An advantage of the embodiments is their AH2MOS regions 11 may be formed in either a P-type or N-type epitaxial layer. Either polarity is acceptable because the on resistance (channel resistance plus N-drift resistance) and the width of depletion region do not mainly depend, on the doping of the epitaxial layer 14 but instead depend upon P-tub and P-buffer and the difference in doping concentration between the P-buffer 42 and the N-drift 44.
Another feature is that the AH2MOS embodiment shown above may have very small source and P+ tab areas of total 0.5 um based on a 0.35 um technology because a normal, small implant angle (7°) is permitted.
The hetero-doped tub, source, buffer and drift regions are asymmetrical in concentration and shape. The following table shows the acceptable ranges of dopant concentration and depth.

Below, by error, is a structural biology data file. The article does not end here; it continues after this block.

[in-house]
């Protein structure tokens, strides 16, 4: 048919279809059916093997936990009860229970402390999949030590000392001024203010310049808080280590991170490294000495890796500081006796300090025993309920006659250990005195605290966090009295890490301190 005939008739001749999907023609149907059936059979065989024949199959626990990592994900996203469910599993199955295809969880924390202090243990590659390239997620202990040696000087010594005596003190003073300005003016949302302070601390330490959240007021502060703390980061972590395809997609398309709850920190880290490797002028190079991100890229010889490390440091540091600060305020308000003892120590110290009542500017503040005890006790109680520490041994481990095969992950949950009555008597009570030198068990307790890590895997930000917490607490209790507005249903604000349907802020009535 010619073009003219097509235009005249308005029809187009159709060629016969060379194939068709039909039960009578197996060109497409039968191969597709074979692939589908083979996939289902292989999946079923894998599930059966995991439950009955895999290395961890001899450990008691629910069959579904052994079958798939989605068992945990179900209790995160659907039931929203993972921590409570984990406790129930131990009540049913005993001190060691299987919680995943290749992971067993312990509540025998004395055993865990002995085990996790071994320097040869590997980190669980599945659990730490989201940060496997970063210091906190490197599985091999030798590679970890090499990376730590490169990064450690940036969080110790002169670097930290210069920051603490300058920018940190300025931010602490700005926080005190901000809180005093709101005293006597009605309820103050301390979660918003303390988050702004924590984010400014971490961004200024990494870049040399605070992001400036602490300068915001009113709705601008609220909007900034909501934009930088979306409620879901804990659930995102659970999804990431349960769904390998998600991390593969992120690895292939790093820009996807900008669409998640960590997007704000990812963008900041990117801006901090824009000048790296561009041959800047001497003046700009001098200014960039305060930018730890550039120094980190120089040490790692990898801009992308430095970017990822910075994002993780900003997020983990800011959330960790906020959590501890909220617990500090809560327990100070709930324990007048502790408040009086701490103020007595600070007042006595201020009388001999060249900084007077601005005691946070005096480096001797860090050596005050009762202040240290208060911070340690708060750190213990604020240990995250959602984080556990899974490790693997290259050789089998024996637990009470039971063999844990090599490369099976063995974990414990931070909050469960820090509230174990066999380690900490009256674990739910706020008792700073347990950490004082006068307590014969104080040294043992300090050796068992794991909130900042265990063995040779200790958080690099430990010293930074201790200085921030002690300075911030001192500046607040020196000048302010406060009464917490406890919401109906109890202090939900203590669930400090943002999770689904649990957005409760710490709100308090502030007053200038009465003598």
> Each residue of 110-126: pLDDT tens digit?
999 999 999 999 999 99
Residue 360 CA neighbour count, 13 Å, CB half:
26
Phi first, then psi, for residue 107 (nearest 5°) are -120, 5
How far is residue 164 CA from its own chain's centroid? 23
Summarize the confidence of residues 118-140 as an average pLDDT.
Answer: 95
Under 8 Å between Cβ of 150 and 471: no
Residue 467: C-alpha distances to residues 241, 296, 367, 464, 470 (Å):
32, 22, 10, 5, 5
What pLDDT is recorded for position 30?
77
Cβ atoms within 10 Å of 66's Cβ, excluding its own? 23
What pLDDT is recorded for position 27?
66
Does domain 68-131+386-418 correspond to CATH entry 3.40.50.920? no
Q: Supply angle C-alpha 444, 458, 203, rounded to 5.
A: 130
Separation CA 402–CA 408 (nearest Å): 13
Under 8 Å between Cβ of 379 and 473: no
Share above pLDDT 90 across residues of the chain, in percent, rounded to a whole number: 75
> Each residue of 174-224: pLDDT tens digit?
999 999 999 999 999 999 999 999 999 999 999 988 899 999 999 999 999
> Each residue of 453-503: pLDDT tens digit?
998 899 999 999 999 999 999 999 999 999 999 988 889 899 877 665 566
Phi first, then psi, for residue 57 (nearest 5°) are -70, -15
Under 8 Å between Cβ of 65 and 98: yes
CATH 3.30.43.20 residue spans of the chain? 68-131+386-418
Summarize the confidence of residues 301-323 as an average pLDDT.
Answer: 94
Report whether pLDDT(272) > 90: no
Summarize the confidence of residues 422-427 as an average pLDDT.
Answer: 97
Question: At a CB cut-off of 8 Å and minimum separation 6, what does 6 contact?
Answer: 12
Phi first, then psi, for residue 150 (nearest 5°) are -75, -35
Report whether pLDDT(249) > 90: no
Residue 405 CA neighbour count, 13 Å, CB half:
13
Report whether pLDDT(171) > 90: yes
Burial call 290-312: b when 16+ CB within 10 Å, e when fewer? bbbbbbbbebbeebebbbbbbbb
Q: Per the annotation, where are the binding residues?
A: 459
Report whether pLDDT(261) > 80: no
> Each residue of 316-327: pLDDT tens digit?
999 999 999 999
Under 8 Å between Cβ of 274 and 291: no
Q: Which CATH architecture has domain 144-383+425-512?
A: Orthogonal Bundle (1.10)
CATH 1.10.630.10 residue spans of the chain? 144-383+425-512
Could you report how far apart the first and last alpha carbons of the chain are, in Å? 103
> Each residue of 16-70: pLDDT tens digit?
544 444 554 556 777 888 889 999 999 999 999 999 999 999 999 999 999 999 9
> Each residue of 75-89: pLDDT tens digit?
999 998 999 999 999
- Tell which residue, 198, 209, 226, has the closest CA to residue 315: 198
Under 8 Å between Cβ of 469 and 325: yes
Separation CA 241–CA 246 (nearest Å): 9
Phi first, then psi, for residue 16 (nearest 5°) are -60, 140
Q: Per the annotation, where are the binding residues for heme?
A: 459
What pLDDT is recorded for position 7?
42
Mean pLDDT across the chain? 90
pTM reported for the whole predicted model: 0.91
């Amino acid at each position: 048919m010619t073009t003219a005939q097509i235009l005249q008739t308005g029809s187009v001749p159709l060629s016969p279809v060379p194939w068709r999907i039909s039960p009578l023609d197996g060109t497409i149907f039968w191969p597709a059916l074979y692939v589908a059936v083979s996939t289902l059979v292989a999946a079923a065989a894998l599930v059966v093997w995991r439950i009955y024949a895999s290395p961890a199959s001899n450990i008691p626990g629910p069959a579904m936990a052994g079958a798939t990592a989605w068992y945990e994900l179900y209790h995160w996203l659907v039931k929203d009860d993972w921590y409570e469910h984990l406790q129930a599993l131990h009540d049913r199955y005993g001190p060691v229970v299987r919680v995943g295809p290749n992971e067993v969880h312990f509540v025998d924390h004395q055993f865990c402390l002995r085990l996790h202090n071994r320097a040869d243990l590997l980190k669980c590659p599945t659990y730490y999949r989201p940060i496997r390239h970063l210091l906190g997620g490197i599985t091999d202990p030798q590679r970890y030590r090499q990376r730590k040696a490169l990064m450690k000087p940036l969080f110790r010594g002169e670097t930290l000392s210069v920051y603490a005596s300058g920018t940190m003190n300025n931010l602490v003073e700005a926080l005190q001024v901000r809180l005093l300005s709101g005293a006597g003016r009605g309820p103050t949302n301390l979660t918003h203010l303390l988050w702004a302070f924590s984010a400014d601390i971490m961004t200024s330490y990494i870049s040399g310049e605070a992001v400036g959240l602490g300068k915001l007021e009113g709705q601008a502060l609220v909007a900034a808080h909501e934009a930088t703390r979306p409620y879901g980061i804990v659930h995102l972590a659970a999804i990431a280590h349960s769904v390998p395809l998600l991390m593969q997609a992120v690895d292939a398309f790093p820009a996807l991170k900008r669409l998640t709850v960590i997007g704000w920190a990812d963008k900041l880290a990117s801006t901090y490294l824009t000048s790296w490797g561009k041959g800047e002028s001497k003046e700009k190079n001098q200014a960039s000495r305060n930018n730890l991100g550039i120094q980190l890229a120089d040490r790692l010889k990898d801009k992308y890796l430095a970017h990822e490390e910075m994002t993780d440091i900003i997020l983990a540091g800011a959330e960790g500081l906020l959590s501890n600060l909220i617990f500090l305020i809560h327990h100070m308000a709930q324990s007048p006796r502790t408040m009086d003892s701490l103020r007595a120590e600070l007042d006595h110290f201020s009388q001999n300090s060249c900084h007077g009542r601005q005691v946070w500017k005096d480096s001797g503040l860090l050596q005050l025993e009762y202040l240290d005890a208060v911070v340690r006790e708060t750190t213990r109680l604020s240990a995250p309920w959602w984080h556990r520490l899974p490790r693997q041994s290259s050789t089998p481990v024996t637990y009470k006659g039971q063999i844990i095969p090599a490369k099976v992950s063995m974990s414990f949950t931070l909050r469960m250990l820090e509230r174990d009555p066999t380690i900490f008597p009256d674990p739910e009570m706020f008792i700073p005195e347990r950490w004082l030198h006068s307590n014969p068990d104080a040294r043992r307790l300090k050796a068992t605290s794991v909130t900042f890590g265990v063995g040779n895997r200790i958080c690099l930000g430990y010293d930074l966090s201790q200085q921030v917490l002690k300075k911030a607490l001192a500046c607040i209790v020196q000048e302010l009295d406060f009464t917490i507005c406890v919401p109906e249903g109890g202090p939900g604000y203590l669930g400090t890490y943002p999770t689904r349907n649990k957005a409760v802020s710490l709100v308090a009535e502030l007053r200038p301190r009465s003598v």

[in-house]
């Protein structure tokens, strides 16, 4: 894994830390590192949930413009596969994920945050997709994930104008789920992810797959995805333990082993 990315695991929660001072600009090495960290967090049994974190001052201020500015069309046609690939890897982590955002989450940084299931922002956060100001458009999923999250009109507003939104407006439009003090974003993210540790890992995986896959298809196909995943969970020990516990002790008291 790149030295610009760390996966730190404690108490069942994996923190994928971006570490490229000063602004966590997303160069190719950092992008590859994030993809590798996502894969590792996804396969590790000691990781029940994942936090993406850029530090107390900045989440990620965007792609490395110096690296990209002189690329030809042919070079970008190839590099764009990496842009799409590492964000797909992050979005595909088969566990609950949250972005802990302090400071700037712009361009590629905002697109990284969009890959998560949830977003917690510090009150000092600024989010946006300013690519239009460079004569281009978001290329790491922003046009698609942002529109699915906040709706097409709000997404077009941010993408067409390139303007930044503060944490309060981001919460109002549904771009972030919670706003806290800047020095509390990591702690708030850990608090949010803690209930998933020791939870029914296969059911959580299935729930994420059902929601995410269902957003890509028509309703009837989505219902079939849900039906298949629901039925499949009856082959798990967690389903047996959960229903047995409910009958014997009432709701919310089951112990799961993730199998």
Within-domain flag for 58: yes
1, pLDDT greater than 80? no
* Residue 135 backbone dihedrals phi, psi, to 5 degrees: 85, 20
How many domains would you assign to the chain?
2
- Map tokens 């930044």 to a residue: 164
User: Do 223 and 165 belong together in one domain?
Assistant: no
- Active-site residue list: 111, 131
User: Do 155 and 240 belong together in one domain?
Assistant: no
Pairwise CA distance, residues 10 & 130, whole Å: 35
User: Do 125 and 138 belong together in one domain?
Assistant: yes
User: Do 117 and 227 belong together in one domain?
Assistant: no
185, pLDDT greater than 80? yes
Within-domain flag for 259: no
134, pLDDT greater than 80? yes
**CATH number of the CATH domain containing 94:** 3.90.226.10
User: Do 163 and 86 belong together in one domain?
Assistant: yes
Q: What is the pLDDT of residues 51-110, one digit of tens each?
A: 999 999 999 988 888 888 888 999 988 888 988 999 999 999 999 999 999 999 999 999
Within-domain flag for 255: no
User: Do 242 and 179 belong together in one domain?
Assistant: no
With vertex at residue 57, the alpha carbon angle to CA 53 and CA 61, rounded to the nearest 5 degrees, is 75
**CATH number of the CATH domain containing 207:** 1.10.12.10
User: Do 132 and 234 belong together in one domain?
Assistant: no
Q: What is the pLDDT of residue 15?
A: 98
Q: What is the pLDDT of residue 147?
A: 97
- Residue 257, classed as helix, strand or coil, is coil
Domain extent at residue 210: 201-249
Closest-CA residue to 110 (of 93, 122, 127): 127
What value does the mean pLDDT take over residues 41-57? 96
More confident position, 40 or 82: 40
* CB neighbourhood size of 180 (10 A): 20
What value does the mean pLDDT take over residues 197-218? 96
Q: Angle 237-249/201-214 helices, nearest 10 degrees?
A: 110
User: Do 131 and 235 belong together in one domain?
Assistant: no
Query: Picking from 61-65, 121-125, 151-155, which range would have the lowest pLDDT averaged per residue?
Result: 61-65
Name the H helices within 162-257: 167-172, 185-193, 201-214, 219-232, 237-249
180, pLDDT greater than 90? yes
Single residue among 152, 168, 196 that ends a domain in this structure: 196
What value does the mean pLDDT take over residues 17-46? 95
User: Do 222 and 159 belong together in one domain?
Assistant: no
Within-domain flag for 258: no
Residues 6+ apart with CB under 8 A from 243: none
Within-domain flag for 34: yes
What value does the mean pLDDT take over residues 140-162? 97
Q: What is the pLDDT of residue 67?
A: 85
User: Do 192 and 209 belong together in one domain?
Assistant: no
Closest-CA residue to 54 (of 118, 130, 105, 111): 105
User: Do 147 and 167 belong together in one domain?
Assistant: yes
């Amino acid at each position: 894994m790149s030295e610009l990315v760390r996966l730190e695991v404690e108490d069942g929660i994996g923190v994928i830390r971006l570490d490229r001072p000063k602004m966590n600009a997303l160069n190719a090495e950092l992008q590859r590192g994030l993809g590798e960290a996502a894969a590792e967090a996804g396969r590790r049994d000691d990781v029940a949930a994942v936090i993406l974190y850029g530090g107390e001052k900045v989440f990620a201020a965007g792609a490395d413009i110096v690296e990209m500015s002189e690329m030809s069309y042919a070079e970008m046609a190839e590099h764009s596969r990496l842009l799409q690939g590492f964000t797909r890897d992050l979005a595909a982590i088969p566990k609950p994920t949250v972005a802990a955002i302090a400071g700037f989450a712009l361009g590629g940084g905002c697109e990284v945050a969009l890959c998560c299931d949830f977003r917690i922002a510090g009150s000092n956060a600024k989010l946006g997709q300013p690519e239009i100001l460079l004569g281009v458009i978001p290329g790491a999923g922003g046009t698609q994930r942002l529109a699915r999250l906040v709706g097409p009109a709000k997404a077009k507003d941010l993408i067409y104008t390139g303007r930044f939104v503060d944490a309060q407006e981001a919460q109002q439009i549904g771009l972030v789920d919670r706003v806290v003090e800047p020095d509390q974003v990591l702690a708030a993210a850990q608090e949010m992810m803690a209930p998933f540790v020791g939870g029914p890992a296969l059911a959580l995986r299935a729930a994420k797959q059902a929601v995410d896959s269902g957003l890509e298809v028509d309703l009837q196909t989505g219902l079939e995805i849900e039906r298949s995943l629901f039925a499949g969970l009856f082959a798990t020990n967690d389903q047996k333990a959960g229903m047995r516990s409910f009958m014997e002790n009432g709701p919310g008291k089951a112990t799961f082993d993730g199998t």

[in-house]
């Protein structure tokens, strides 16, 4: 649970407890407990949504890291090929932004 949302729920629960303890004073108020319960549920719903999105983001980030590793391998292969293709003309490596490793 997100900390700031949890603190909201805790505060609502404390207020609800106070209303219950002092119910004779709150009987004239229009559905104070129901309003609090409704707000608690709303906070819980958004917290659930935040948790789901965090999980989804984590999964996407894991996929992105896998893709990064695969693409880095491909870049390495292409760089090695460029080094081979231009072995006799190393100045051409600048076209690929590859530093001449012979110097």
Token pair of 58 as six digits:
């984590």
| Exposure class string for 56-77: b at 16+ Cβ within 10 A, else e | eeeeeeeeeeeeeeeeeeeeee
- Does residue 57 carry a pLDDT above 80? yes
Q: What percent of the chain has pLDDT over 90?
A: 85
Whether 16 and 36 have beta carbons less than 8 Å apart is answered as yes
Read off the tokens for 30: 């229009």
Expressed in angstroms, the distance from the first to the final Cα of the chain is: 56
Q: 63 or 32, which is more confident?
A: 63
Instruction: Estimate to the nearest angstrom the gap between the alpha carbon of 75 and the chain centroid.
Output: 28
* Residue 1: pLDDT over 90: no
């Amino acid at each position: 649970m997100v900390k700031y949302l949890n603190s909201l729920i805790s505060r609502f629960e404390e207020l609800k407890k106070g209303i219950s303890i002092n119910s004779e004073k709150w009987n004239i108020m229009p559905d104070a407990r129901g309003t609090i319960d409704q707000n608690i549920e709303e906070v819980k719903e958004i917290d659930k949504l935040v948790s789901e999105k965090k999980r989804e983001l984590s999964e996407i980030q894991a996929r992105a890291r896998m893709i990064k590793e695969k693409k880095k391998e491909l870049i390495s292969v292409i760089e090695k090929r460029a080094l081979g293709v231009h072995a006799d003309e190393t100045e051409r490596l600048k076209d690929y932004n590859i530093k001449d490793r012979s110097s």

In summary, an asymmetric hetero-doped high-voltage MOSFET power semiconductor device 10 may be made alone or on the same substrate as low voltage logic and linear devices. The tub 34 and the source 32 regions are implanted self-aligned with one side of the gates 20 and the buffer 44 and the drift 42 regions are implanted self-aligned with the other side of the gates 20. The tub 34 and the source 32 regions share one mask layer and are implanted with hetero-dopants. The buffer 44 and the drift 42 regions also share one mask layer and are implanted with hetero-dopants. As a result, the power devices have two hetero-doped architectures that are asymmetric. The regions are not subjected to high temperature long duration thermal diffusion, therefore, compatible with low voltage, deep submicron logic process. The low on resistance, high breakdown voltage and large safe operating area of AH2MOS are controlled by the doping profiles in the asymmetric hetero-doped architecture. AH2MOS with some embodiments, such as low-side, high-side and isolated architectures, can be used for power integrated circuits and for power semiconductor discrete devices.
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|U.S. Classification||257/343, 257/493, 257/E29.256|
|Cooperative Classification||H01L21/823481, H01L29/1083, H01L29/665, H01L29/66681, H01L29/66659, H01L29/7816, H01L29/0847, H01L29/7835, H01L21/823425, H01L29/1045|
|Dec 28, 2010||CC||Certificate of correction|
|Jul 2, 2013||FPAY||Fee payment|